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Opinion
Matthew C Klein

Where's the Golden Age for Investors?

Economists say that capitalists are squeezing workers to get high profits. Tell that to investors.
In the U.S., the 0.1% usually work for a living. Photographer: Victor J. Blue/Bloomberg
In the U.S., the 0.1% usually work for a living. Photographer: Victor J. Blue/Bloomberg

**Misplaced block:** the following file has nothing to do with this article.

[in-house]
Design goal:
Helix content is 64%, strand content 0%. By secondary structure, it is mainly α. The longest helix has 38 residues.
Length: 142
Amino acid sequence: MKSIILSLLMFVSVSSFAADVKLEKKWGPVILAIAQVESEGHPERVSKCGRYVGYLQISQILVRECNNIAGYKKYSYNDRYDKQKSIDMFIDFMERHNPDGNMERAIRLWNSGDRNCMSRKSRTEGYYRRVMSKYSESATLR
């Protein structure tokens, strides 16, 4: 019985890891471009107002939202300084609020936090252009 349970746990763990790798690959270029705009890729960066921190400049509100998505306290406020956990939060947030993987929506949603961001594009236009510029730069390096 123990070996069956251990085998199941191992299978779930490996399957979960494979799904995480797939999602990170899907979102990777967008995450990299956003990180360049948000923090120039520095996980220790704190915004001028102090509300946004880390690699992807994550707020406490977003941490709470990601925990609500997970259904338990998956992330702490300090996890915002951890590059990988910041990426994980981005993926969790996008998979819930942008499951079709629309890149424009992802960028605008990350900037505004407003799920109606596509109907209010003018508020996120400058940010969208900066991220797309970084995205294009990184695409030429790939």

Investors who are eager to fund businesses that can't make money worry people like New York magazine's Kevin Roose. At the same time, the hot new book in economics -- Thomas Piketty's "Capital in the Twenty-First Century" -- argues that we need large wealth taxes to offset the tendency of investors to do better than workers. At least one of these people is wrong, and it's probably Piketty.

Roose's main argument is that many savers are subsidizing unprofitable businesses, benefiting consumers and workers. What's more, savers will never be able to recoup their investments. As Roose says: